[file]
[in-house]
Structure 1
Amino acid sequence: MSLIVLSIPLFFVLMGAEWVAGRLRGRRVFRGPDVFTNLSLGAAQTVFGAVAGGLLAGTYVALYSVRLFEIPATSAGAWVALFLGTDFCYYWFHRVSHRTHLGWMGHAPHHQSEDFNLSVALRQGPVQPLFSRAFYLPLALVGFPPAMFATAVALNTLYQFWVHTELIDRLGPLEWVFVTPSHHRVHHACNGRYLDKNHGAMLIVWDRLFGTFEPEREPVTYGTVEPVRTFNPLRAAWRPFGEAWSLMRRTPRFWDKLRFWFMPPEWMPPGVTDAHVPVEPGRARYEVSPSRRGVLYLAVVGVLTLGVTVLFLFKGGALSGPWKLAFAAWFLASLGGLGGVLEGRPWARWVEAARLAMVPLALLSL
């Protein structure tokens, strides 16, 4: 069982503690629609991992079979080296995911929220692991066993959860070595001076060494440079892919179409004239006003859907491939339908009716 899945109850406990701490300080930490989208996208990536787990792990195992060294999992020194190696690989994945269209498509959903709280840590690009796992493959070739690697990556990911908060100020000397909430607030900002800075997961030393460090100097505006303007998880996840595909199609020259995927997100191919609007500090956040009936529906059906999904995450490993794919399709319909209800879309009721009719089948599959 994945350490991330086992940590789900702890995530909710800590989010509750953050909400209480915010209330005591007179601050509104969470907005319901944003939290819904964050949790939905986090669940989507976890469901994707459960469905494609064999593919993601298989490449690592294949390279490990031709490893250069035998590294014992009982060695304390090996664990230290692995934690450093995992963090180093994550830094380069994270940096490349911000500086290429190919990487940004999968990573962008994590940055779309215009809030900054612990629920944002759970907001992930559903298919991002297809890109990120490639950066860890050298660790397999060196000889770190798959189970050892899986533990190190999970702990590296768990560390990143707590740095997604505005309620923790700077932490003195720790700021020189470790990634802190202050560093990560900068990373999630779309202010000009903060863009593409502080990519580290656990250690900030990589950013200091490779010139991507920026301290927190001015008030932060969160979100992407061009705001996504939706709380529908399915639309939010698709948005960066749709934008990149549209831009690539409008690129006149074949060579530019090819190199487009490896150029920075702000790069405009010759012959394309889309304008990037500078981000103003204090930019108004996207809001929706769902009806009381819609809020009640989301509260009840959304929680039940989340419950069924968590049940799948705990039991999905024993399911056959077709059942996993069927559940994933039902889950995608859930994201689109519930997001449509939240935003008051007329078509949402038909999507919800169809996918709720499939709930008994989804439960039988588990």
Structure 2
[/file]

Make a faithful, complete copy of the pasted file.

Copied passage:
[in-house]
Structure 1
Amino acid sequence: MSLIVLSIPLFFVLMGAEWVAGRLRGRRVFRGPDVFTNLSLGAAQTVFGAVAGGLLAGTYVALYSVRLFEIPATSAGAWVALFLGTDFCYYWFHRVSHRTHLGWMGHAPHHQSEDFNLSVALRQGPVQPLFSRAFYLPLALVGFPPAMFATAVALNTLYQFWVHTELIDRLGPLEWVFVTPSHHRVHHACNGRYLDKNHGAMLIVWDRLFGTFEPEREPVTYGTVEPVRTFNPLRAAWRPFGEAWSLMRRTPRFWDKLRFWFMPPEWMPPGVTDAHVPVEPGRARYEVSPSRRGVLYLAVVGVLTLGVTVLFLFKGGALSGPWKLAFAAWFLASLGGLGGVLEGRPWARWVEAARLAMVPLALLSL
């Protein structure tokens, strides 16, 4: 069982503690629609991992079979080296995911929220692991066993959860070595001076060494440079892919179409004239006003859907491939339908009716 899945109850406990701490300080930490989208996208990536787990792990195992060294999992020194190696690989994945269209498509959903709280840590690009796992493959070739690697990556990911908060100020000397909430607030900002800075997961030393460090100097505006303007998880996840595909199609020259995927997100191919609007500090956040009936529906059906999904995450490993794919399709319909209800879309009721009719089948599959 994945350490991330086992940590789900702890995530909710800590989010509750953050909400209480915010209330005591007179601050509104969470907005319901944003939290819904964050949790939905986090669940989507976890469901994707459960469905494609064999593919993601298989490449690592294949390279490990031709490893250069035998590294014992009982060695304390090996664990230290692995934690450093995992963090180093994550830094380069994270940096490349911000500086290429190919990487940004999968990573962008994590940055779309215009809030900054612990629920944002759970907001992930559903298919991002297809890109990120490639950066860890050298660790397999060196000889770190798959189970050892899986533990190190999970702990590296768990560390990143707590740095997604505005309620923790700077932490003195720790700021020189470790990634802190202050560093990560900068990373999630779309202010000009903060863009593409502080990519580290656990250690900030990589950013200091490779010139991507920026301290927190001015008030932060969160979100992407061009705001996504939706709380529908399915639309939010698709948005960066749709934008990149549209831009690539409008690129006149074949060579530019090819190199487009490896150029920075702000790069405009010759012959394309889309304008990037500078981000103003204090930019108004996207809001929706769902009806009381819609809020009640989301509260009840959304929680039940989340419950069924968590049940799948705990039991999905024993399911056959077709059942996993069927559940994933039902889950995608859930994201689109519930997001449509939240935003008051007329078509949402038909999507919800169809996918709720499939709930008994989804439960039988588990």
Structure 2